The Forum participants supported the general idea of introducing paralegals/legal technicians into the Saskatchewan market with the aim of providing more accessible and affordable justice. There was also support that law school admissions, curricular and extra curricular programming, and degree requirements be re-examined by the College with an access to justice lens. Forum members further identified the need for infrastructure to provide ongoing support for Dean’s Forum meetings and recommendations arising from the meetings, by creating (i) an action-oriented provincial access to justice committee “Working Group” as a smaller extension of the Dean’s Forum whose members meet on a regular basis and ensure that Dean’s Forum recommendations are proceeding; and (ii) a staff position to help coordinate the Dean’s Forum event, Working Group meetings and initiatives, and projects arising from the same.
In the National Action Committee’s report, A Roadmap for Change, the Honourable Mr. Justice Cromwell encouraged provinces to create provincial working groups focused on addressing the issue of access to justice. Since the last Dean’s Forum in March 2015, Forum participants’ recommendations to move toward creating a staff Access to Justice Coordinator position, and an action and advisory oriented Saskatchewan Access to Justice Working Group have been fulfilled. During Spring and Summer 2015, the College of Law, in collaboration with the Ministry of Justice, applied for and received funding from the Law Foundation, with support from the College of Law, to create an “Access to Justice Coordinator” position on a three-year term.
In addition to establishing an Access to Justice Coordinator position, during Summer 2015, the Ministry of Justice, Justice Innovation Division began drafting the Saskatchewan Access to Justice Working Group mandate and membership list in accordance with Dean’s Forum members’ recommendations to create same.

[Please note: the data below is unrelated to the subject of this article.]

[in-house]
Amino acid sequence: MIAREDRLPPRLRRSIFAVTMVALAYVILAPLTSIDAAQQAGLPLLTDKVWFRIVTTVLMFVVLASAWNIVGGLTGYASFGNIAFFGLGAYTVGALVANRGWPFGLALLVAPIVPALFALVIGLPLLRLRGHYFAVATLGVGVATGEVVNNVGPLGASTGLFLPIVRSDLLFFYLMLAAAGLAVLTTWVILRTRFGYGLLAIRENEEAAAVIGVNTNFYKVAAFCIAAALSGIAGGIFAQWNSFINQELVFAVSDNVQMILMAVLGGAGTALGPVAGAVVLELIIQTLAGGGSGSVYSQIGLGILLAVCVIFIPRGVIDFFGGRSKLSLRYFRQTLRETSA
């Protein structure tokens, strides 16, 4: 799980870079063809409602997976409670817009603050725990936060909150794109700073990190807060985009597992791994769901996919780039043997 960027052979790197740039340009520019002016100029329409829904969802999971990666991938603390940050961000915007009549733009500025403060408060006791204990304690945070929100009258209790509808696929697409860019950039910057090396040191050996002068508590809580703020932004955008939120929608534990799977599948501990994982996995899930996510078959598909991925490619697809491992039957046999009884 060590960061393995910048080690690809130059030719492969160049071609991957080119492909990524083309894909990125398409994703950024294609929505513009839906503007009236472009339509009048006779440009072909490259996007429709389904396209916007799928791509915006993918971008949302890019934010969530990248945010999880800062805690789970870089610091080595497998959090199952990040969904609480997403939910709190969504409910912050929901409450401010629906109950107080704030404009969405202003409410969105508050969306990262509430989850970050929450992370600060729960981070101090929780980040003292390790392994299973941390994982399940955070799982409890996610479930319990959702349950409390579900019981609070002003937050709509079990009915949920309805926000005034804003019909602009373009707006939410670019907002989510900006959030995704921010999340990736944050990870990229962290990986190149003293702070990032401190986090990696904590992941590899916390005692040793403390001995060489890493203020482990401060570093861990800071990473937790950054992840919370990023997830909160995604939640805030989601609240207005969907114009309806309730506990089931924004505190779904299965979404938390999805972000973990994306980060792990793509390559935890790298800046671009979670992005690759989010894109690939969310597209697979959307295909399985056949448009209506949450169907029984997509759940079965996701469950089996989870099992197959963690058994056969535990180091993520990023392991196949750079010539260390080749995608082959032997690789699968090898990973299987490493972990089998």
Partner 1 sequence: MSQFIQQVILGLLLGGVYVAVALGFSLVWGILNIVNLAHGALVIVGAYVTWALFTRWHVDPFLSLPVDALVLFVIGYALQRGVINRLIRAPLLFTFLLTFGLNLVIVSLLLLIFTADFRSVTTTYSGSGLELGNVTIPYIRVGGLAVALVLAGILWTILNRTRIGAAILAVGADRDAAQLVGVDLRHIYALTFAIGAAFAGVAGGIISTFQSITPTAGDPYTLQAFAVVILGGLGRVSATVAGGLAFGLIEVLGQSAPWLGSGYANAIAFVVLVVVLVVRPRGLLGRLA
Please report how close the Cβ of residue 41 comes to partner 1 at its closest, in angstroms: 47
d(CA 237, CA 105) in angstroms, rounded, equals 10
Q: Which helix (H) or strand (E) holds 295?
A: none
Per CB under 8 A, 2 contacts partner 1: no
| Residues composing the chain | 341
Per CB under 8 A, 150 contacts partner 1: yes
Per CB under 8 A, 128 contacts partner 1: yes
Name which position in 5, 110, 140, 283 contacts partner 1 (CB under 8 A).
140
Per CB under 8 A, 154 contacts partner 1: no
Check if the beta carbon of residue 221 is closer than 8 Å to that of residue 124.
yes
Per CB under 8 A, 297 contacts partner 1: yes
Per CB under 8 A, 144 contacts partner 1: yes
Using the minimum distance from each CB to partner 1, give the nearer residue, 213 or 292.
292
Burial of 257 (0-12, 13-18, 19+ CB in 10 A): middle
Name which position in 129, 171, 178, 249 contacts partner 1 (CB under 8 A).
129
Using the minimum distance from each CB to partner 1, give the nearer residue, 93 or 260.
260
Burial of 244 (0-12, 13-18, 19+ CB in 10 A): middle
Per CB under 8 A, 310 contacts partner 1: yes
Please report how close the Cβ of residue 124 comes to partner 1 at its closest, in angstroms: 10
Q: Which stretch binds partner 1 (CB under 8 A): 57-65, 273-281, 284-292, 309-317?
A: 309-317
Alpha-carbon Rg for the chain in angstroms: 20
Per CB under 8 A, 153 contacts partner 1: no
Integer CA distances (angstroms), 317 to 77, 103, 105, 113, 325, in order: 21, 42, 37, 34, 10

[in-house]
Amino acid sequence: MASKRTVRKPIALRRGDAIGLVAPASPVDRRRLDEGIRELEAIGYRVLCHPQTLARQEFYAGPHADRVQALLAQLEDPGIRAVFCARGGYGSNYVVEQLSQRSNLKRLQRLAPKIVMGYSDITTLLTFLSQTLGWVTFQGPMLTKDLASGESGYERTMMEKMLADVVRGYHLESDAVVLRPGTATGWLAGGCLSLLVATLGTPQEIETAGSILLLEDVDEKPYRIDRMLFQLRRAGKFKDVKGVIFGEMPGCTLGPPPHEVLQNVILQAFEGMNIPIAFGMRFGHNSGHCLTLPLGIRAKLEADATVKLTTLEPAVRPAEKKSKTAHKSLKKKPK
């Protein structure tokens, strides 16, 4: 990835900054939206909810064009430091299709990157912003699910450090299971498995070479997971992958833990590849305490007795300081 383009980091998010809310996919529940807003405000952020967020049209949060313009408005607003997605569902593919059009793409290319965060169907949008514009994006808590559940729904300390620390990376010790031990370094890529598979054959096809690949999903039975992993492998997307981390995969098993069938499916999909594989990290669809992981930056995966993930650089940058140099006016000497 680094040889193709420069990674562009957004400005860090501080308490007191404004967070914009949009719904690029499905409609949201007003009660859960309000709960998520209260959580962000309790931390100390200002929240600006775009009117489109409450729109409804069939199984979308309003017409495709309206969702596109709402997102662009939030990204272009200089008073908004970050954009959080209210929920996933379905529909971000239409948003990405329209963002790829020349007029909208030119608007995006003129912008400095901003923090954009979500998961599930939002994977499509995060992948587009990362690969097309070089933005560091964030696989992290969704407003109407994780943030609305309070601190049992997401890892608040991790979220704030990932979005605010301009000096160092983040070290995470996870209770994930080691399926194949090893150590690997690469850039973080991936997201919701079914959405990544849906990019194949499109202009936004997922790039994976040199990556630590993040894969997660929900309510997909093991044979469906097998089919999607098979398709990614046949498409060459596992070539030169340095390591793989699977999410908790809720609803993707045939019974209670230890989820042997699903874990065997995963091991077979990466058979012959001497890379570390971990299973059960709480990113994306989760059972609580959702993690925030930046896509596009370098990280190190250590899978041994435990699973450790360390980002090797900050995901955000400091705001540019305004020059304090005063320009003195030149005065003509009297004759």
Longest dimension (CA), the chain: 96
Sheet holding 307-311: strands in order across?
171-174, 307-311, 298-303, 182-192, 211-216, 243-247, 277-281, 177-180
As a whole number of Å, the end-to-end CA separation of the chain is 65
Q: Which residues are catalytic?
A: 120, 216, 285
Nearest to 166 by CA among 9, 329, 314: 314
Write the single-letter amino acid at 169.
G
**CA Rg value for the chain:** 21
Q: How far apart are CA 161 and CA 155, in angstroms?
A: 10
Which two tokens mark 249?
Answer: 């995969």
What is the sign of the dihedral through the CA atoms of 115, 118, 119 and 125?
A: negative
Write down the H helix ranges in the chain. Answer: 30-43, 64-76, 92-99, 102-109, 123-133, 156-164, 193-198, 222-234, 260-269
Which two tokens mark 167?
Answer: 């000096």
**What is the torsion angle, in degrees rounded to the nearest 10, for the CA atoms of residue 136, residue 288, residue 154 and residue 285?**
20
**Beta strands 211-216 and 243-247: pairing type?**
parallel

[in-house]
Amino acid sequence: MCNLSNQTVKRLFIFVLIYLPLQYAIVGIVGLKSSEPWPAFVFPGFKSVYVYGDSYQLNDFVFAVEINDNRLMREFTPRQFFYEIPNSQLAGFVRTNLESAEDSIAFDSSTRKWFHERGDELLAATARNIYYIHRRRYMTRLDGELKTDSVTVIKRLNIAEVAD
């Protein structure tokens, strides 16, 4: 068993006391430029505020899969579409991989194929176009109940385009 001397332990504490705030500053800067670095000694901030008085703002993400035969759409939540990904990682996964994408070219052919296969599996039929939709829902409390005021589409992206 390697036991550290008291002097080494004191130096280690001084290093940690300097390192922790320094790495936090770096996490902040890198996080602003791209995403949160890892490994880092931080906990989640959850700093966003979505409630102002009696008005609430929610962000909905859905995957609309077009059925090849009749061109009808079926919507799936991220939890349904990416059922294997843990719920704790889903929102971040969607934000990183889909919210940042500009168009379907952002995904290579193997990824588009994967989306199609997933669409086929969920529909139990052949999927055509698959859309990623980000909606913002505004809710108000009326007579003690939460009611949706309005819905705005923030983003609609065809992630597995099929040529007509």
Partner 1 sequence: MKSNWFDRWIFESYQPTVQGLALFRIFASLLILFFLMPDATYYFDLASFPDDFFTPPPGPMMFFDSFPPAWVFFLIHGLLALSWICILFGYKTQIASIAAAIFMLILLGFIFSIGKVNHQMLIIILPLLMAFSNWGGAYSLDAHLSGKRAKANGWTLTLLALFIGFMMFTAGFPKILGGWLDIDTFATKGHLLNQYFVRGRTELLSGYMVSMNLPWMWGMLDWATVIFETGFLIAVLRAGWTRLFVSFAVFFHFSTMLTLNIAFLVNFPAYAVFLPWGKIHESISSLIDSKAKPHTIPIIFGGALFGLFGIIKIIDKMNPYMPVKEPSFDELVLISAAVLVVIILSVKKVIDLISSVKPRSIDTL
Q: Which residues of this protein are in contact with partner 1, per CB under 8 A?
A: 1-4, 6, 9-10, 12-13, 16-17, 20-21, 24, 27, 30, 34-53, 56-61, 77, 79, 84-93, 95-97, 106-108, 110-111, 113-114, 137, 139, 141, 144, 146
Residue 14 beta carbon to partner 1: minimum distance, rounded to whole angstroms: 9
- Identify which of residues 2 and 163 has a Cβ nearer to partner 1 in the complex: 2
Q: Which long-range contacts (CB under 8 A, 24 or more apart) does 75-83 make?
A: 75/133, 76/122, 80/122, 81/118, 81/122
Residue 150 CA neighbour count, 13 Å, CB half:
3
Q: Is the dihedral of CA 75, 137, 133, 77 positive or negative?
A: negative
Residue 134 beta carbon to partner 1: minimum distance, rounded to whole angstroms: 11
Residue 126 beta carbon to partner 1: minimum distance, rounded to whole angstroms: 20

Brea Lowenberger was hired as the Access to Justice Coordinator for the Saskatchewan Access to Justice Working Group and started in the position on October 1, 2015. Ms. Lowenberger has been supporting the creation of the Working Group and the implementation of and evolution of Dean’s Forum topics, as well as connecting with justice community stakeholders, students, and the community at large on initiatives that promote justice reform and access to justice.
Preparation for the first meeting of the Saskatchewan Access to Justice Working Group occurred during Fall 2015. The first meeting of the Working Group was a full day event on January 5, 2016 at the College of Law.
Photo: Students in the Dean's Forum course pose with instructors Brea Lowenberger (front right) and Janelle Anderson (front left) and Interim Dean Beth Bilson (front centre).
The fourth meeting of the Forum took place in February 2016. Student groups again prepared policy discussion papers and presentations. The students focused on two themes: (1) putting the public first in access to justice initiatives; and (2) the accessibility of superior courts and court procedures.
The goal for the first topic was to engage Dean’s Forum participants in a discussion to explore and critically engage with identifying who 'the public' is and how it can contribute meaningfully to more 'accessible justice'. The students shared with participants the scope of their project, which involved building upon previous work completed through the Dean’s Forum initiative to ‘map’ justice services for the purposes of: reciprocal learning; identifying critical gaps in legal information and service providers; and empowering the community. The second topic examined how Courts and Court procedures can be more accessible to more people and more cases, reflective of the needs of the society it serves. This theme involved examining how early and active judicial case management and dispute resolution, and further engaging lawyers in the new simplified and summary procedures rules of Court could improve access to justice for Saskatchewan residents.